First, borrowers should double-check to make sure their mortgages have no prepayment penalties. While you should never accept a mortgage that has such fees in the first place, if you failed to look for this provision, you certainly should not incur any penalties to pay faster.

Even if no penalties stand in the way, the current low-rate environment means that many people would be better off investing their extra cash in diversified portfolios. If the expected rate of return is higher than the mortgage interest, allowing for the benefit of deducting that interest, an investor essentially creates leverage.

That said, a very conservative investor who is especially averse to debt may find paying off his or her mortgage is the right choice. If the borrower is considering sticking the money in a low-yield money market or savings account, the mortgage’s interest rate will still beat the rate of return on such vehicles, even allowing for its tax treatment.

For some homeowners, making extra mortgage payments offers the added bonus of imposing forced budgetary discipline. Some borrowers know that they will spend any cash that is available to them; by paying down the principal, these people will build their home equity by tying up their money in an illiquid form.

Homeowners in this life stage may also start to consider a second mortgage. While once relatively rare, home equity loans – another name for second mortgages – became nearly standard in the 1990s and early 2000s. In part, this is because mortgage interest is generally deductible on income taxes (up to certain limits), regardless of the loan’s purpose. While such loans can occasionally be useful, the housing crash demonstrated the real hazards of excessive borrowing using one’s home as collateral, including losing the home itself and marring one’s credit history through default. This strategy should be pursued very cautiously, if at all.

A home equity loan is different from a home equity line of credit, or HELOC, though both carry many of the same risks. Rather than taking out a loan for a fixed amount, a HELOC is set up as a line of credit using the home as collateral. The borrower can draw on the credit line much like a credit card, with the loaned amount subject to variable interest rates.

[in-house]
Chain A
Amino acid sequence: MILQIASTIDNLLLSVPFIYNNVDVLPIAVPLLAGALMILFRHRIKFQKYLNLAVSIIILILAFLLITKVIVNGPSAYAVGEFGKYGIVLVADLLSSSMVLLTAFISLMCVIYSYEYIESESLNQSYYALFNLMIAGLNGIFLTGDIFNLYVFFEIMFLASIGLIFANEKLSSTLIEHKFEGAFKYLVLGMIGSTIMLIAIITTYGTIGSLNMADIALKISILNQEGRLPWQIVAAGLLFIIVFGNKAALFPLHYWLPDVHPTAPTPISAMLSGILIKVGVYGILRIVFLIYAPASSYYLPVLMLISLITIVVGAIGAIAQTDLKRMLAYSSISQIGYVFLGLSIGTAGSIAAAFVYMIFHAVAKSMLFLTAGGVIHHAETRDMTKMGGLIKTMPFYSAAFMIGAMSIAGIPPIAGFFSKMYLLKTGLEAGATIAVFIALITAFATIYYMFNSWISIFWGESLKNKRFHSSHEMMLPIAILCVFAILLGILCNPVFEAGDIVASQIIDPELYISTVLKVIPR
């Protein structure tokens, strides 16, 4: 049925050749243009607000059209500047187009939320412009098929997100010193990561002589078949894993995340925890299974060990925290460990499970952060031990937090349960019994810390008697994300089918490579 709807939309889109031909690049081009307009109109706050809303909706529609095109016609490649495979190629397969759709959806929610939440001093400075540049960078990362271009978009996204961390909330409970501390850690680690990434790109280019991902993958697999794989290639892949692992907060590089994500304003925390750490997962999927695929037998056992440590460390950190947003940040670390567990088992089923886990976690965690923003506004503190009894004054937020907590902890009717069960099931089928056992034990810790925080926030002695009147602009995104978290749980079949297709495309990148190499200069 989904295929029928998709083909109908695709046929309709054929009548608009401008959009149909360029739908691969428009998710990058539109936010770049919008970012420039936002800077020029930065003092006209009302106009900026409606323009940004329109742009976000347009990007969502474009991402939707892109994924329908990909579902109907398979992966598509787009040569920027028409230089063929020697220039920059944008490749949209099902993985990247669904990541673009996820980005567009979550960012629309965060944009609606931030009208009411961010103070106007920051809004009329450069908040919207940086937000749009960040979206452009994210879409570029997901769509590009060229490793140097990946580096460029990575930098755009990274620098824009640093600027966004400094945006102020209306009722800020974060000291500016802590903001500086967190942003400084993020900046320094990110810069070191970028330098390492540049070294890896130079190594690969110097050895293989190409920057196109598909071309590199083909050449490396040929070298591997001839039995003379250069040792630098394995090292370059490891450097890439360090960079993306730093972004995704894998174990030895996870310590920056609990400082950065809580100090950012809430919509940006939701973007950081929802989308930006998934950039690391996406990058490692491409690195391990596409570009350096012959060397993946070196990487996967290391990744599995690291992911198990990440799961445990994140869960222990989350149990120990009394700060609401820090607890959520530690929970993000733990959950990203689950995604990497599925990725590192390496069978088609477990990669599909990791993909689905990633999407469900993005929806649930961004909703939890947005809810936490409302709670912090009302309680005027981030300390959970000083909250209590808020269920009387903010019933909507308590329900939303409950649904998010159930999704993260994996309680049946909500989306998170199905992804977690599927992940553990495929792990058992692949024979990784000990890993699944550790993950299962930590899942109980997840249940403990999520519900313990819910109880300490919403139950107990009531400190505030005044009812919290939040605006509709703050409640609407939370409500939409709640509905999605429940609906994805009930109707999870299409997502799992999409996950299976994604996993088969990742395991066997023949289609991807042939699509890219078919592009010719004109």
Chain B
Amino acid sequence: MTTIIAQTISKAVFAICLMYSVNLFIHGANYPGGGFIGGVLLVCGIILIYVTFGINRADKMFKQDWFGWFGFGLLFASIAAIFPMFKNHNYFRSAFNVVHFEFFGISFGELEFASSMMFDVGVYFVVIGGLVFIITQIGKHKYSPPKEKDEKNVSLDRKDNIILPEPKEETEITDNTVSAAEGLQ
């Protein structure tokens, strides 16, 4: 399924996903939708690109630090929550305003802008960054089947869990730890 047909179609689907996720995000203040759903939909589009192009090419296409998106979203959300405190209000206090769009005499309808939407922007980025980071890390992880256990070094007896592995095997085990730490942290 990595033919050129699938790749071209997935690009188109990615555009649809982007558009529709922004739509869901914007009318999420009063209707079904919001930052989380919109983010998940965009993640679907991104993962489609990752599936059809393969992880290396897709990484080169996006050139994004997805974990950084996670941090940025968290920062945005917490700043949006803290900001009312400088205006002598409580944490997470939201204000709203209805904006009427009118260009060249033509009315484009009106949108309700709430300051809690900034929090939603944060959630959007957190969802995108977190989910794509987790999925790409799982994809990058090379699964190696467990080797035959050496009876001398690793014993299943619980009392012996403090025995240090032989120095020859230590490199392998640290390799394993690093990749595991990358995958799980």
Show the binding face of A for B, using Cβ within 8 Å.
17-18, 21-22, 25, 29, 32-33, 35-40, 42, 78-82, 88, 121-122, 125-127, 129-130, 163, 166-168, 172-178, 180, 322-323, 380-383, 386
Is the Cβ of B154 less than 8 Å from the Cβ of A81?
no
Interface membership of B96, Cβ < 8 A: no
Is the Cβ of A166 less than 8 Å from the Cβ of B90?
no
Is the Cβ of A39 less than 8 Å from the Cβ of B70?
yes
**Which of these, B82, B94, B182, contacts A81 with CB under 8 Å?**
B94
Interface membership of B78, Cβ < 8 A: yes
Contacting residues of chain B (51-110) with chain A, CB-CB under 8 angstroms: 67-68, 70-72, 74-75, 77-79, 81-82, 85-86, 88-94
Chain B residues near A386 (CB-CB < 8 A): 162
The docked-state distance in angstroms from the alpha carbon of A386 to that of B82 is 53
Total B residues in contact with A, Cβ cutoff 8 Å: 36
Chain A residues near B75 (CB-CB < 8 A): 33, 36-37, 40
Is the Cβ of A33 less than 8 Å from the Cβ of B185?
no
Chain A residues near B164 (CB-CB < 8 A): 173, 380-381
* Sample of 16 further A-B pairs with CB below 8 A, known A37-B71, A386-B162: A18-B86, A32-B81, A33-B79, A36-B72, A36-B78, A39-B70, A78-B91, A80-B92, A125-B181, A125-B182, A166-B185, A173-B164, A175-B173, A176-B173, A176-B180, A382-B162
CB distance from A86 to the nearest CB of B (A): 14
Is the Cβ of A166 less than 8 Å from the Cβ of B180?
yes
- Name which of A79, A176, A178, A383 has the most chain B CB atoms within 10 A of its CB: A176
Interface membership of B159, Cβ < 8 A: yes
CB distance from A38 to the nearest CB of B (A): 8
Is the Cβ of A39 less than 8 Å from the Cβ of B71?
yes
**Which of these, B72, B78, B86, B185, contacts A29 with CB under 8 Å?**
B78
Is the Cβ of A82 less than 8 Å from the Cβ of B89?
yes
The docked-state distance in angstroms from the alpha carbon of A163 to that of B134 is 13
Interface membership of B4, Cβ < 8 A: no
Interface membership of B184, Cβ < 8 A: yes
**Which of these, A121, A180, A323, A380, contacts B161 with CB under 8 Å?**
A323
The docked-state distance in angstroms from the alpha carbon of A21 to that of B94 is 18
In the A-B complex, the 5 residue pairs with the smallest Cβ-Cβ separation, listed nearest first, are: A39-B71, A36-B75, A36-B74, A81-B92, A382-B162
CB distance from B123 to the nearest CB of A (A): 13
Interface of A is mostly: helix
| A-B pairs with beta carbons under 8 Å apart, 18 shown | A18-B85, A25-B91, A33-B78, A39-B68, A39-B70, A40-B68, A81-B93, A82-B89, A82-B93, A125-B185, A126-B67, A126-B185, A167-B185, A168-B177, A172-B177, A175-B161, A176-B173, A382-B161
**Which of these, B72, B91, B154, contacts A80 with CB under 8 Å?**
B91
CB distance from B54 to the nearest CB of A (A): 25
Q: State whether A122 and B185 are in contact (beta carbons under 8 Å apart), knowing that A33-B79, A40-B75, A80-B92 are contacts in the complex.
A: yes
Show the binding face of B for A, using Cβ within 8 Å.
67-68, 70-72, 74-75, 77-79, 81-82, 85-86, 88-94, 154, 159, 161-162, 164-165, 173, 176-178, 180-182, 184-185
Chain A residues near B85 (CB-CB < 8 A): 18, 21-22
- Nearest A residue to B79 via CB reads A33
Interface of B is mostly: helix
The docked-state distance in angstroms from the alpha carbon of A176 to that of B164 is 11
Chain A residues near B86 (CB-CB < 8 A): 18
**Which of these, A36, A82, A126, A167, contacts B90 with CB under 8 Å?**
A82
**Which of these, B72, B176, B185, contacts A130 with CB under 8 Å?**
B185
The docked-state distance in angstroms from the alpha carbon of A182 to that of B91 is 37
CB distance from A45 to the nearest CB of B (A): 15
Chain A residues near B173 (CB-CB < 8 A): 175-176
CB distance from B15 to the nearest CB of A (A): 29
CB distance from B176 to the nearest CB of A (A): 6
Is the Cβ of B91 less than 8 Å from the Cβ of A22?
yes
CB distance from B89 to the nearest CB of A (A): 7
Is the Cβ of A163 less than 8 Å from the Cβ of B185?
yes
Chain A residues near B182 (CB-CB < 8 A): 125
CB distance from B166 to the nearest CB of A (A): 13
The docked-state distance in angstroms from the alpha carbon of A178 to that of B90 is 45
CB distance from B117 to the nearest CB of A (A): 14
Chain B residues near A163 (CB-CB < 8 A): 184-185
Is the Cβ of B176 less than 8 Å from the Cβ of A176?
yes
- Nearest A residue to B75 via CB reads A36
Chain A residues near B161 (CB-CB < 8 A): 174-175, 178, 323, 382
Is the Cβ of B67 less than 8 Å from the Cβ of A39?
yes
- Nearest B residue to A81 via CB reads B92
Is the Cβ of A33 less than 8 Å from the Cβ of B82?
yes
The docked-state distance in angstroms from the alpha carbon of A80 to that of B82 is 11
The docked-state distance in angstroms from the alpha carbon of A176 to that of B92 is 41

By the time you consider a second mortgage or a HELOC, you may be nearing the end of your original mortgage. Smart homeowners have refinanced their mortgages within the past seven years to take advantage of the current low rates; those who have not should do so as soon as possible before rates start to rise again.

Homeowners who have been in their houses for a few decades are likely to be in their prime earning years, with an eye toward retirement. Some of them may be financing their children’s college educations or considering big-ticket purchases, and may want to use their home equity. Beyond the options discussed above, borrowers may have the option to refinance a principal amount that is higher than their current principal balance. The lender will present the difference as cash. Some lenders, however, may be reluctant to allow such a strategy in today’s strict lending environment.

Furthermore, this technique can be dangerous. Effectively using a home as an ATM means that the homeowner will be paying a mortgage for longer than originally intended, face higher monthly payments or both. It can be tempting to view a home as a source of ready cash, but if the home’s value suddenly falls, the owner could end up in an uncomfortable situation. In fact, widespread use of this strategy was a major component of the 2008 financial crisis.

Retiree homeowners may have a problem opposite that of younger adults buying first homes. They may well own their homes outright, but could find their finances constrained by too-small retirement nest eggs or unexpected expenses. They may wish to consider reverse mortgages in order to turn some of their equity into cash. In a reverse mortgage, the lender does not require repayment until the borrower dies or sells the home. In theory, the loan is structured in a way that the loan amount will not exceed the home’s value over the loan’s term.

A home is a major financial asset and creates many opportunities over a homeowner’s lifetime. By carefully weighing your needs and realistically assessing your overall financial situation, you can wisely settle on the mortgage strategy that serves you best at any life stage.

Brought to you by Ezine Articles


InvestWould you like to invest your money but do not know where to start? We offer you a series of considerations that will help you to analyze which is the best option.

Investing is not a luxury of people, but a quality that feeds on patience, discipline, and diligence. Well, you can increase your financial resources if you propose clear goals, make a frequency to fuel investment, and choose the appropriate mechanisms for its conduct. The easiest way to start an investment is the snowball effect, which proposes saving small amounts to make them an important economic boost. Discover how!

What is an investment?